PTT to help Cambodia in oil and gas sector

May Kunmakara / Khmer Times No Comments Share:
PTT has three stations for pumping jet fuel and 35 gas stations in Cambodia. Reuters

The Cambodian Ministry of Mines and Energy and Thailand’s giant conglomerate PTT signed a cooperation agreement recently to strengthen Cambodia’s technical knowledge in the oil and gas sector.

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According to Meng Saktheara, secretary of state at the ministry, the agreement was signed between Cheap Sour, the Ministry of Mines and Energy director general of petroleum, and Tevin Vongvanich, president and CEO of PTT, in Bangkok on Monday.

“The agreement will be another momentum to develop Cambodia’s oil and gas industry utilising the experience and knowledge from PTT,” said Mr Saktheara.

“At the same time Cambodia also expects to attract more investment from Thailand in its fledgling oil and gas sector,” he added.

Mr Saktheara said the cooperation agreement would mainly focus on knowledge-sharing on the development of downstream petrochemical products. The downstream products of PTT include a variety of products ranging from polymer and resin, ethylene oxide and related products, oleo-chemical and bio-based chemical, aromatics, and other specialties.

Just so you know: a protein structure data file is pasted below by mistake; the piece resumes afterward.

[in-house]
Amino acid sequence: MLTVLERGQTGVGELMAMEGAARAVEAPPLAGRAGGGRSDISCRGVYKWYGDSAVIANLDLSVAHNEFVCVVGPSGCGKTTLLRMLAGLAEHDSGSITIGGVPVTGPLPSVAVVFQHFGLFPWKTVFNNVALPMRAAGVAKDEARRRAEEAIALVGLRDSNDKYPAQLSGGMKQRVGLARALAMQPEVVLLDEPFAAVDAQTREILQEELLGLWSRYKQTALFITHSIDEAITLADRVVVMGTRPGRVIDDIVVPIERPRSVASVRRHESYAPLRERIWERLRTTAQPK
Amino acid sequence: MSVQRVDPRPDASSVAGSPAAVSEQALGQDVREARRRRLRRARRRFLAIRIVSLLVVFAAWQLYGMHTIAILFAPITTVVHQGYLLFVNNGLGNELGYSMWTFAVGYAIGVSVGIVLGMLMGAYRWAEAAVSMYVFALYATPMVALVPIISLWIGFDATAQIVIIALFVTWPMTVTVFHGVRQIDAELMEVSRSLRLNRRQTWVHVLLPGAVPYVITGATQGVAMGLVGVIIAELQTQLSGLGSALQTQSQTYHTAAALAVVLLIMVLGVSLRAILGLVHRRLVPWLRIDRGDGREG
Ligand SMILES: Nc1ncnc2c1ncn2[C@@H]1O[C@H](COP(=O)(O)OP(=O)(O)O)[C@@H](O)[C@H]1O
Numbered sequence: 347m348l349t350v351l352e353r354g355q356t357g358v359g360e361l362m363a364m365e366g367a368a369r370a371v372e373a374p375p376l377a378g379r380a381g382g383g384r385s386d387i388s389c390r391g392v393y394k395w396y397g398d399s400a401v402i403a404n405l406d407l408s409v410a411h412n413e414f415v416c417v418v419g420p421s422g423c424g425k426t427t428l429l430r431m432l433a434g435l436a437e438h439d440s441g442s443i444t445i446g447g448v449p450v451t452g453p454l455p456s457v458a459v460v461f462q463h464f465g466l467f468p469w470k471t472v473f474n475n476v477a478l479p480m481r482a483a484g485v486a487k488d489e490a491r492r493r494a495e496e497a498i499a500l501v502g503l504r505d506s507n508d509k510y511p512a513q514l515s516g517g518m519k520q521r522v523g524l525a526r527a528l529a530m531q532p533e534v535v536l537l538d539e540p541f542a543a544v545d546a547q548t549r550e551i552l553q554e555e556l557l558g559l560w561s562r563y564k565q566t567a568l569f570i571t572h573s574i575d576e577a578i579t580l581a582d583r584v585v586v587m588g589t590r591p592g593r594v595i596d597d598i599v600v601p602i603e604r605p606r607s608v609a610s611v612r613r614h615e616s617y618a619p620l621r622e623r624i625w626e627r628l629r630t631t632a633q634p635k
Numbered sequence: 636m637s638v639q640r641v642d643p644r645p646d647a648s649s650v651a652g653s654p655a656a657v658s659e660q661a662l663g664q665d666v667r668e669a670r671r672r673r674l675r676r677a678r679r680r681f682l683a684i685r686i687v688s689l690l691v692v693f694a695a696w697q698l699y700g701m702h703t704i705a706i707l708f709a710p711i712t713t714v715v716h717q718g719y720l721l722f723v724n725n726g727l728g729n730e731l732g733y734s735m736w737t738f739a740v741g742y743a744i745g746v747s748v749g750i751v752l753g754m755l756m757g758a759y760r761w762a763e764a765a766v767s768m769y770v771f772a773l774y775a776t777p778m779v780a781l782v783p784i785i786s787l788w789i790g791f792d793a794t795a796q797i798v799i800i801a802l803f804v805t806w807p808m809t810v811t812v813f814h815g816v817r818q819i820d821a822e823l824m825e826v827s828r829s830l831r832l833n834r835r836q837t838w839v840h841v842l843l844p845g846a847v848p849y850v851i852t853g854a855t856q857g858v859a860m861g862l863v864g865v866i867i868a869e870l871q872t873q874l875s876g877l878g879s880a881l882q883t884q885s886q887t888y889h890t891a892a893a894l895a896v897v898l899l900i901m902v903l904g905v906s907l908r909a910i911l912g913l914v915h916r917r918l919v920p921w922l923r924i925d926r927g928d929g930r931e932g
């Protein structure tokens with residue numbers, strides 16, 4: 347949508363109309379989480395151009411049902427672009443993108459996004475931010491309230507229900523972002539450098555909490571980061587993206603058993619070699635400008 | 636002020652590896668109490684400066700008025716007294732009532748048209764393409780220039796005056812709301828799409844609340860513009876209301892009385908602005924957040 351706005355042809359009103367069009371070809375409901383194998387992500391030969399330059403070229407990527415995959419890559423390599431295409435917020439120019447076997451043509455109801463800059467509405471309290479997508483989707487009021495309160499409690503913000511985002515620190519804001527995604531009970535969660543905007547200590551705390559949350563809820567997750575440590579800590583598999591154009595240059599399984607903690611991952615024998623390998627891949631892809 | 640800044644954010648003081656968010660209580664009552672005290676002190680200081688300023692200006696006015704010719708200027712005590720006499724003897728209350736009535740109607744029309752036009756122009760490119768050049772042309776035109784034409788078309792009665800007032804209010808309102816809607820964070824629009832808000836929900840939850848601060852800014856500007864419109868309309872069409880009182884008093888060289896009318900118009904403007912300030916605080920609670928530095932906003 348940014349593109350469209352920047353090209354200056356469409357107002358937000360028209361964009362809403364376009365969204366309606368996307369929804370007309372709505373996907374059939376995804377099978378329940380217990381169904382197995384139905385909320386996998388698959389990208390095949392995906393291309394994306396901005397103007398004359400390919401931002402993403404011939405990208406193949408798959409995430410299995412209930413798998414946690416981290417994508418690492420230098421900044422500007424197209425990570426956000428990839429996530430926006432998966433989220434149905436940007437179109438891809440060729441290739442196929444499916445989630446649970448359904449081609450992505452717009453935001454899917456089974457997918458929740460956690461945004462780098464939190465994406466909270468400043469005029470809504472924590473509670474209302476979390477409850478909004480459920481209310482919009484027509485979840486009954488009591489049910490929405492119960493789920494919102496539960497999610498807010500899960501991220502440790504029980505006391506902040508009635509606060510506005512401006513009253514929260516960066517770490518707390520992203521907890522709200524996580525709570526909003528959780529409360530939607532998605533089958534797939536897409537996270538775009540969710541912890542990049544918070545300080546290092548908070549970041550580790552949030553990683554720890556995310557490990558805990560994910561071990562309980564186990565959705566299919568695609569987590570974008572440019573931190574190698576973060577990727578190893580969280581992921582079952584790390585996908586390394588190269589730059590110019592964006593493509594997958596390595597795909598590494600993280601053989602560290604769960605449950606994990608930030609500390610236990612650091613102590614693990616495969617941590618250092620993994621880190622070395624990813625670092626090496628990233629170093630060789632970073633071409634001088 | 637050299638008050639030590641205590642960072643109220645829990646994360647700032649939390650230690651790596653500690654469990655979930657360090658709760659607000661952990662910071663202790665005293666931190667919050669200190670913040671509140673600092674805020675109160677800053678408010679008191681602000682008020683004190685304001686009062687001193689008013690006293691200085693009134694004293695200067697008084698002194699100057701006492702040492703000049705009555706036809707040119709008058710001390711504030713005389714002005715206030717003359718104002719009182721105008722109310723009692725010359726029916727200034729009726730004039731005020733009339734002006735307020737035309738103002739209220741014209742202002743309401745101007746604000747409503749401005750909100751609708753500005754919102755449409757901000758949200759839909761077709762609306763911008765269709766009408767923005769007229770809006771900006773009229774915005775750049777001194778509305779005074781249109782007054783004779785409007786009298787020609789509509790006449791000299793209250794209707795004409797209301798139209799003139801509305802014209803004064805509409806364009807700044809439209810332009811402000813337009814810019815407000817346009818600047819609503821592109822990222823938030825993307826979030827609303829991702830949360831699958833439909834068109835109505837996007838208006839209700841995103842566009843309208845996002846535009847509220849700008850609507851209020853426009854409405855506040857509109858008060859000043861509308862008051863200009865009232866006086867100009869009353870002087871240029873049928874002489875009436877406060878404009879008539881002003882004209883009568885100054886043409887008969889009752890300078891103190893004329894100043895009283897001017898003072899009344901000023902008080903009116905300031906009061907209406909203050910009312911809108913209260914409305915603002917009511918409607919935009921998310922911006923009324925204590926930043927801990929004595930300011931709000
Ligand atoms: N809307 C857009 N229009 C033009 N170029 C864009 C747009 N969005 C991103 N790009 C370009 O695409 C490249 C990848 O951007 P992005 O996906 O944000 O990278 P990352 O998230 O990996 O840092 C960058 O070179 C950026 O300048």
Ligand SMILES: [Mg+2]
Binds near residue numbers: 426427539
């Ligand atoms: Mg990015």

He said the agreement would also pave the way for Thai investors to invest in the kingdom’s oil and gas sector.

“Thai companies will be welcomed to assess our potential in the oil and gas sector and on our side we will facilitate their investments.”

“Of course, I do hope that it will also pave the way for us get more opportunities to gain more technical knowledge and experience from Thai companies.”

According to Suthn Chootian, managing director of PTT (Cambodia), PTT has three stations for pumping jet fuel and 35 gas stations in Cambodia.

By 2020, PTT wants to increase its petrol stations to 90, from the current 35, and also set up at least 120 new Cafe Amazon outlets.

In Cambodia, Amazon cafes are found at PTT petrol stations and the first outlet was set up in 2013.

Cambodia expects to pump oil from its offshore fields by the end of 2018 or early 2019, after a six-year delay. The kingdom’s draft petroleum law is due to be approved by the Council of Ministers by the end of the year.

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